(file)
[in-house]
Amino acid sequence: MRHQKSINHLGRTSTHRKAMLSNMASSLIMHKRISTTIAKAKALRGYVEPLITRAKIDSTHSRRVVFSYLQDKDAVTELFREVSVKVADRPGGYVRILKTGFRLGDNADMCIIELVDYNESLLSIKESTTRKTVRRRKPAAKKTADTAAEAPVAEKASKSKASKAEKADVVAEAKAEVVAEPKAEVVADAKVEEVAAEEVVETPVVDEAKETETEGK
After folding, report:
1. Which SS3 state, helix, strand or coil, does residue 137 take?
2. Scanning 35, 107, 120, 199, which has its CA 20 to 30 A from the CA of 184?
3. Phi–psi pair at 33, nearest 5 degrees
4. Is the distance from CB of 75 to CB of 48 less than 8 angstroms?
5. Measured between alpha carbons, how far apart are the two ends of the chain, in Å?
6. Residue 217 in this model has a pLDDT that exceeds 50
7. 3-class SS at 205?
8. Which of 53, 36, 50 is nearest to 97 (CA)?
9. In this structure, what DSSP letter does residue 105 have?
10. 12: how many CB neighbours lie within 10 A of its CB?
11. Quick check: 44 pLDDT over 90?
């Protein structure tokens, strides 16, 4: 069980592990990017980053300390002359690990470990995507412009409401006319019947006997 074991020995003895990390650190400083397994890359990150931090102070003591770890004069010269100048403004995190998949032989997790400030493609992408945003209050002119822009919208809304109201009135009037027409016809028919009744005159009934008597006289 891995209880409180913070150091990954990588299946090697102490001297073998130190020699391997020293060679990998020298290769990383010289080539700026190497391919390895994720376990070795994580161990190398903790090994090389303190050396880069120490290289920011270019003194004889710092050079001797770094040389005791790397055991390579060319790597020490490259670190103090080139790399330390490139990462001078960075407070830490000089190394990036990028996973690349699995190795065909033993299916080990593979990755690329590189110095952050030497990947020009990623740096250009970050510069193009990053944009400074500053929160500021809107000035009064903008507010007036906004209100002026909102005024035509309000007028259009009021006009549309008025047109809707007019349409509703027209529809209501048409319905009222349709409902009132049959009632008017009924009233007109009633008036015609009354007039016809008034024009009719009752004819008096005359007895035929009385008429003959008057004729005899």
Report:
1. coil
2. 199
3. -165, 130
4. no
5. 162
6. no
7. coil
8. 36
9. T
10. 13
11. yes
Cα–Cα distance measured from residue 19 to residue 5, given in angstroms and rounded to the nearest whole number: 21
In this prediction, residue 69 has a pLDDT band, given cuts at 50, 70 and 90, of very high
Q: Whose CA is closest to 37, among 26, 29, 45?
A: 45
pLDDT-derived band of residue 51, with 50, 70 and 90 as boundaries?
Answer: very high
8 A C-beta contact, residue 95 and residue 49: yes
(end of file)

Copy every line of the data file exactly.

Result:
[in-house]
Amino acid sequence: MRHQKSINHLGRTSTHRKAMLSNMASSLIMHKRISTTIAKAKALRGYVEPLITRAKIDSTHSRRVVFSYLQDKDAVTELFREVSVKVADRPGGYVRILKTGFRLGDNADMCIIELVDYNESLLSIKESTTRKTVRRRKPAAKKTADTAAEAPVAEKASKSKASKAEKADVVAEAKAEVVAEPKAEVVADAKVEEVAAEEVVETPVVDEAKETETEGK
After folding, report:
1. Which SS3 state, helix, strand or coil, does residue 137 take?
2. Scanning 35, 107, 120, 199, which has its CA 20 to 30 A from the CA of 184?
3. Phi–psi pair at 33, nearest 5 degrees
4. Is the distance from CB of 75 to CB of 48 less than 8 angstroms?
5. Measured between alpha carbons, how far apart are the two ends of the chain, in Å?
6. Residue 217 in this model has a pLDDT that exceeds 50
7. 3-class SS at 205?
8. Which of 53, 36, 50 is nearest to 97 (CA)?
9. In this structure, what DSSP letter does residue 105 have?
10. 12: how many CB neighbours lie within 10 A of its CB?
11. Quick check: 44 pLDDT over 90?
């Protein structure tokens, strides 16, 4: 069980592990990017980053300390002359690990470990995507412009409401006319019947006997 074991020995003895990390650190400083397994890359990150931090102070003591770890004069010269100048403004995190998949032989997790400030493609992408945003209050002119822009919208809304109201009135009037027409016809028919009744005159009934008597006289 891995209880409180913070150091990954990588299946090697102490001297073998130190020699391997020293060679990998020298290769990383010289080539700026190497391919390895994720376990070795994580161990190398903790090994090389303190050396880069120490290289920011270019003194004889710092050079001797770094040389005791790397055991390579060319790597020490490259670190103090080139790399330390490139990462001078960075407070830490000089190394990036990028996973690349699995190795065909033993299916080990593979990755690329590189110095952050030497990947020009990623740096250009970050510069193009990053944009400074500053929160500021809107000035009064903008507010007036906004209100002026909102005024035509309000007028259009009021006009549309008025047109809707007019349409509703027209529809209501048409319905009222349709409902009132049959009632008017009924009233007109009633008036015609009354007039016809008034024009009719009752004819008096005359007895035929009385008429003959008057004729005899």
Report:
1. coil
2. 199
3. -165, 130
4. no
5. 162
6. no
7. coil
8. 36
9. T
10. 13
11. yes
Cα–Cα distance measured from residue 19 to residue 5, given in angstroms and rounded to the nearest whole number: 21
In this prediction, residue 69 has a pLDDT band, given cuts at 50, 70 and 90, of very high
Q: Whose CA is closest to 37, among 26, 29, 45?
A: 45
pLDDT-derived band of residue 51, with 50, 70 and 90 as boundaries?
Answer: very high
8 A C-beta contact, residue 95 and residue 49: yes